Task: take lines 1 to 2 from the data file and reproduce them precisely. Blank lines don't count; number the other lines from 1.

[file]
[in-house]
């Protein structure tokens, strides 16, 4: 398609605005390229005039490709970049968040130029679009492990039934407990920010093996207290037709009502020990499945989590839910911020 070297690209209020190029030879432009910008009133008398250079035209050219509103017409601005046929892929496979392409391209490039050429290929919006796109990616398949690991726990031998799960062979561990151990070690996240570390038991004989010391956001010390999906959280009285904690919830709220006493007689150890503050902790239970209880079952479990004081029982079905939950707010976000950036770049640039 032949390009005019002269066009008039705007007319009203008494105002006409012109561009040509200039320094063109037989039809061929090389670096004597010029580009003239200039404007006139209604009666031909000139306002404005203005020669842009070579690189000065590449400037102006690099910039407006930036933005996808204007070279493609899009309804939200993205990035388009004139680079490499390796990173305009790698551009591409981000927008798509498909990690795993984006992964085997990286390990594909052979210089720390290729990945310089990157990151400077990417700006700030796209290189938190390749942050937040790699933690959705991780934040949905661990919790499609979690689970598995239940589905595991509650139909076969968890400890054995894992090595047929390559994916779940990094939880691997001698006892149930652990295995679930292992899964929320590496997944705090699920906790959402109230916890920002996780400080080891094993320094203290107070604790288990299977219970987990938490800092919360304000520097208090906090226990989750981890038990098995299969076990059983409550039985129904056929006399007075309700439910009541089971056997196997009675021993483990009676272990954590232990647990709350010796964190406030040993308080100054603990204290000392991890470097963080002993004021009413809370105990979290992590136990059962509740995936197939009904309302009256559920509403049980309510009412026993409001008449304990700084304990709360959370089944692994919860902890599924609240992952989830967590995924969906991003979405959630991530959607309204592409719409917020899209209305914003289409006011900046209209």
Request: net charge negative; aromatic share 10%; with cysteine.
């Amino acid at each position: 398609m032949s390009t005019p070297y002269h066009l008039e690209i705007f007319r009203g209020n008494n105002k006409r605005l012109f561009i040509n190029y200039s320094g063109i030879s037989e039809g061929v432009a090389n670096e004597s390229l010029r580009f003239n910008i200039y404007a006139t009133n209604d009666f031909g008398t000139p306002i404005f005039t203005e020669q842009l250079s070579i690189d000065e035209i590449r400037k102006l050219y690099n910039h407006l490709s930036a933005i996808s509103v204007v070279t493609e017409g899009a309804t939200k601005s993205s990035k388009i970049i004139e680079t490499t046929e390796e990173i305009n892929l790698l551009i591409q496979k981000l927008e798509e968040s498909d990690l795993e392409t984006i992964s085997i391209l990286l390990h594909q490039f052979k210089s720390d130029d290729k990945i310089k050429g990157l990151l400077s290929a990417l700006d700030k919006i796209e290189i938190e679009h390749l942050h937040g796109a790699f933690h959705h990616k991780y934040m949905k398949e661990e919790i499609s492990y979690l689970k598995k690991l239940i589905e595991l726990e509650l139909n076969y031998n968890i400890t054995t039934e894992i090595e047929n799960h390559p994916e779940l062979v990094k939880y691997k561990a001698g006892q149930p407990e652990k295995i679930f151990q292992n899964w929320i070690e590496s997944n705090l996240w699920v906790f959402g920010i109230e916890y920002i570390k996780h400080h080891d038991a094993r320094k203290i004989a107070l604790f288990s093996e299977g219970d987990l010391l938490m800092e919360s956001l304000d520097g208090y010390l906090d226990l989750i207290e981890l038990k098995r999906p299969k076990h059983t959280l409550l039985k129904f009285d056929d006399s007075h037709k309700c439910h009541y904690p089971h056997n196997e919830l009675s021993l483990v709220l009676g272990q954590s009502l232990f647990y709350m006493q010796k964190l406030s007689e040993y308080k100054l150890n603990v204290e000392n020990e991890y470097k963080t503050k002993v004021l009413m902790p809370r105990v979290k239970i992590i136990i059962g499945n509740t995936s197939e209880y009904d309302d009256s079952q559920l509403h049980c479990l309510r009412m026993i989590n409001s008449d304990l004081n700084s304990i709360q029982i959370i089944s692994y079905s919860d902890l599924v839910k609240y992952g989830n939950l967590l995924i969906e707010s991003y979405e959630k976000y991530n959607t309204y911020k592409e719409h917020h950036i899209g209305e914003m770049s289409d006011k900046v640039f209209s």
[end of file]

[in-house]
């Protein structure tokens, strides 16, 4: 398609605005390229005039490709970049968040130029679009492990039934407990920010093996207290037709009502020990499945989590839910911020 070297690209209020190029030879432009910008009133008398250079035209050219509103017409601005046929892929496979392409391209490039050429290929919006796109990616398949690991726990031998799960062979561990151990070690996240570390038991004989010391956001010390999906959280009285904690919830709220006493007689150890503050902790239970209880079952479990004081029982079905939950707010976000950036770049640039 032949390009005019002269066009008039705007007319009203008494105002006409012109561009040509200039320094063109037989039809061929090389670096004597010029580009003239200039404007006139209604009666031909000139306002404005203005020669842009070579690189000065590449400037102006690099910039407006930036933005996808204007070279493609899009309804939200993205990035388009004139680079490499390796990173305009790698551009591409981000927008798509498909990690795993984006992964085997990286390990594909052979210089720390290729990945310089990157990151400077990417700006700030796209290189938190390749942050937040790699933690959705991780934040949905661990919790499609979690689970598995239940589905595991509650139909076969968890400890054995894992090595047929390559994916779940990094939880691997001698006892149930652990295995679930292992899964929320590496997944705090699920906790959402109230916890920002996780400080080891094993320094203290107070604790288990299977219970987990938490800092919360304000520097208090906090226990989750981890038990098995299969076990059983409550039985129904056929006399007075309700439910009541089971056997196997009675021993483990009676272990954590232990647990709350010796964190406030040993308080100054603990204290000392991890470097963080002993004021009413809370105990979290992590136990059962509740995936197939009904309302009256559920509403049980309510009412026993409001008449304990700084304990709360959370089944692994919860902890599924609240992952989830967590995924969906991003979405959630991530959607309204592409719409917020899209209305914003289409006011900046209209």